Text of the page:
This project represents the most comprehensive phylogenetic analysis of Mid-Late Miocene (~16-5 Ma) hominoids carried out to date and will provide the necessary context to frame taxonomic and paleobiological questions pertaining to living apes and humans within the broader context of the Miocene fossil record.

The Grant Application Deadline Approaches!

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by H. Gregory, Grants Associate

Paddy Moore and H. Gregory, The Leakey Foundation grants department

Paddy Moore and H. Gregory, The Leakey Foundation grants department

As most of you grant seekers are aware, the deadline to apply for a Leakey Foundation Research Grant in our fall 2016 cycle is July 15th. Because I am on the receiving end of our grants department email, I can tell there is a lot of grant writing going on around the world right now. While you get those proposals submitted, I thought I would share with you a few pointers based on some of the questions we have received.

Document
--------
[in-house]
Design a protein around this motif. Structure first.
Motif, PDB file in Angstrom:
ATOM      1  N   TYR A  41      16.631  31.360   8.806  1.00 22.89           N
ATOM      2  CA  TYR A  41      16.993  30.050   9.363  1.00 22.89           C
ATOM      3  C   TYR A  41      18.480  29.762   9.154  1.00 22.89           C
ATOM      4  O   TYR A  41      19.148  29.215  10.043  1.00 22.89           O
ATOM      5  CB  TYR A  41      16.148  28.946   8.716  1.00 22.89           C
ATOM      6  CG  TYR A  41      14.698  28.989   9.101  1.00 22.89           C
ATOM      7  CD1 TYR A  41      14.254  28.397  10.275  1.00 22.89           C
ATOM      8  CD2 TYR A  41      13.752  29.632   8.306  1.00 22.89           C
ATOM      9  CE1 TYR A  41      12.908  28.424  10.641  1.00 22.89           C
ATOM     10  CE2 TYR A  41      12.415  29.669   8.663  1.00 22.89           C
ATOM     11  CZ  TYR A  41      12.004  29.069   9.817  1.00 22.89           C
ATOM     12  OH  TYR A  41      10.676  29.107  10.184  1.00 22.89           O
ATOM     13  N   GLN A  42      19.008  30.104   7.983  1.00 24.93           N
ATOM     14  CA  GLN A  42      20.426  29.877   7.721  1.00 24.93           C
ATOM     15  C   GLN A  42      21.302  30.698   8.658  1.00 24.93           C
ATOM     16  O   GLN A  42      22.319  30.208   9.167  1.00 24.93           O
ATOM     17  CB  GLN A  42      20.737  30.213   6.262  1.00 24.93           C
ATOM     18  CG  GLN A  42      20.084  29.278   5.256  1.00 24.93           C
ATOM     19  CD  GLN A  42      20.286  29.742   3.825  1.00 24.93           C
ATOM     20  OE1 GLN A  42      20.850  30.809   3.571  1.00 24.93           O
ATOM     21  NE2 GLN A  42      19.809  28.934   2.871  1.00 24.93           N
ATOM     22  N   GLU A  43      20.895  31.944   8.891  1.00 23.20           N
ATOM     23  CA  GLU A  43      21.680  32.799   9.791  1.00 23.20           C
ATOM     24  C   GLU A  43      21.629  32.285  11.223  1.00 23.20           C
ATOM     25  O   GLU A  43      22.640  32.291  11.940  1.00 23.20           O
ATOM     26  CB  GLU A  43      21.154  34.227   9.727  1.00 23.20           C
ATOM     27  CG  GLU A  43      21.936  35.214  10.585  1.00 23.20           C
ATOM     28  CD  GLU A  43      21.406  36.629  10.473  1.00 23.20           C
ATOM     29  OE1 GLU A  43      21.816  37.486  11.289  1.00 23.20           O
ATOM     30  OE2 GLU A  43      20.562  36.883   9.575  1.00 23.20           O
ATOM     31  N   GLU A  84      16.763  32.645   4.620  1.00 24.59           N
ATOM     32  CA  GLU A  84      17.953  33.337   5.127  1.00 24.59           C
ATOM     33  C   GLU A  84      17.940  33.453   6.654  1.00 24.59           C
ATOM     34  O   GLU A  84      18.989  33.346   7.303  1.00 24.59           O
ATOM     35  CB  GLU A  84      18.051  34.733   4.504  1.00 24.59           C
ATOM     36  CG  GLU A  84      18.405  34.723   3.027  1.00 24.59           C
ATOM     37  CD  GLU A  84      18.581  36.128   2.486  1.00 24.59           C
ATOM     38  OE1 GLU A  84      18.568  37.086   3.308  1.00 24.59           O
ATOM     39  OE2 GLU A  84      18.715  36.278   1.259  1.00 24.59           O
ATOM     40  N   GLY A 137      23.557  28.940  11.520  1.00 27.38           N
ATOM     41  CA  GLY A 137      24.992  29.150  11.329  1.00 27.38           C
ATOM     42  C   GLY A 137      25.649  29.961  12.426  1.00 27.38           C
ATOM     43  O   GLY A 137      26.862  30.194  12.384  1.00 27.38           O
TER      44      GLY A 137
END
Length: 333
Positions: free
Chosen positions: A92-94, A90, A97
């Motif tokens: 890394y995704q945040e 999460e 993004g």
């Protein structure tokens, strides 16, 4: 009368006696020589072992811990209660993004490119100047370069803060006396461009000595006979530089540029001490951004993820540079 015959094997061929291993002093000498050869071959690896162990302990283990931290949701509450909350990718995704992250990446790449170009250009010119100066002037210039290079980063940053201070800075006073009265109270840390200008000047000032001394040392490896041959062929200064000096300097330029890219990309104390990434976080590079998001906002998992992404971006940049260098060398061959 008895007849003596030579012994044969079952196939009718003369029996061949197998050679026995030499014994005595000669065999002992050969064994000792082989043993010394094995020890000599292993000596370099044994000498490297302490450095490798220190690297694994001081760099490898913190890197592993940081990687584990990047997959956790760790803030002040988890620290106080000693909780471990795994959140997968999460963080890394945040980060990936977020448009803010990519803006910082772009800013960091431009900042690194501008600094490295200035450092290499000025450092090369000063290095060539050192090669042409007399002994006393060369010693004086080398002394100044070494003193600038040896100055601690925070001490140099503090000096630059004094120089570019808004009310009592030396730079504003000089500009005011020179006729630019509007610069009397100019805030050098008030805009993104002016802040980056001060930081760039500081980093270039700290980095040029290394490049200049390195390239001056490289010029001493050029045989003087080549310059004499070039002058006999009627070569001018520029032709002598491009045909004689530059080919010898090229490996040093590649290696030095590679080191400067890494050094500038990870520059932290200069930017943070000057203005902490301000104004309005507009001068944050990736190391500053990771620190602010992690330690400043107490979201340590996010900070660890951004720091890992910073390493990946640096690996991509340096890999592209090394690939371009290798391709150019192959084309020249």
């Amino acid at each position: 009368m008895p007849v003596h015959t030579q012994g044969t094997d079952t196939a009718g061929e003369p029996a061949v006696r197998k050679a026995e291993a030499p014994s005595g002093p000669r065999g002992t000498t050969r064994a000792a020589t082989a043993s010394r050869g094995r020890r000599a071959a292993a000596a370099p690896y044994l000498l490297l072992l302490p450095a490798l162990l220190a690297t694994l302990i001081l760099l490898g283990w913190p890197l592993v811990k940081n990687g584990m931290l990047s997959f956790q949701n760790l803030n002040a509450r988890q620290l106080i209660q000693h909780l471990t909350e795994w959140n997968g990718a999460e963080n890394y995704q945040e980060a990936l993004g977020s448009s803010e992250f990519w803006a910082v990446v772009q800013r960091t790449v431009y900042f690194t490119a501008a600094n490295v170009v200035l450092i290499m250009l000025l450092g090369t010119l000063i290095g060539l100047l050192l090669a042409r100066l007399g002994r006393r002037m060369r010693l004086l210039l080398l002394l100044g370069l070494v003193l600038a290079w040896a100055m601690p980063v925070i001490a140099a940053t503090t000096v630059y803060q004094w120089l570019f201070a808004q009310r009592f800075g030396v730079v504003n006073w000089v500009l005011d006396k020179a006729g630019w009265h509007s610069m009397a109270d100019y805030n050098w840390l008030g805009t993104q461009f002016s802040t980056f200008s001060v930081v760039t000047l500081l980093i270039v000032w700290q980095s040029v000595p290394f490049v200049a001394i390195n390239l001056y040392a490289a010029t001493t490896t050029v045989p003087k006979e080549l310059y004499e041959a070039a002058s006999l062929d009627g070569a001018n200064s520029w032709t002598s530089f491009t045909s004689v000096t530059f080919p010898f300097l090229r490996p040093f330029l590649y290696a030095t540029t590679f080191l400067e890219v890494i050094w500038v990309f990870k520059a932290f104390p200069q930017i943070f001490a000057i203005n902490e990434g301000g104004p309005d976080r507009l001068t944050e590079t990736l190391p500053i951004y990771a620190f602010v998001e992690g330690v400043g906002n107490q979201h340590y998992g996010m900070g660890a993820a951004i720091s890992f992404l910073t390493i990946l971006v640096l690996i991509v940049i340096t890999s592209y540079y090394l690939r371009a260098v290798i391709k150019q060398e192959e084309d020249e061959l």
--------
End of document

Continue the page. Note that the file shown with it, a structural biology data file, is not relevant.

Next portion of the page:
Yes, something has changed. We now have a two page limit for appendices, supplemental attachments, and figures and tables combined. As per usual, we are unable to strictly enforce this rule this current cycle due to the fact this change came after we had already received some applications for fall. We will begin strictly enforcing the limit during our spring 2017 cycle.

Pay close attention to your budget. As the instructions state, we do not fund things such as equipment, trips to conferences, or salaries for senior project personnel. My advice on the budget is to move items that might be questionable to the budget column of other funding agencies to which you are applying. We do not outright reject budgets that have items we do not fund, but we will exclude those items if need be. Also, be careful with salaries. Proposals where the bulk of the requested funds are for salaries may not be seen by some as a good use of Leakey funds.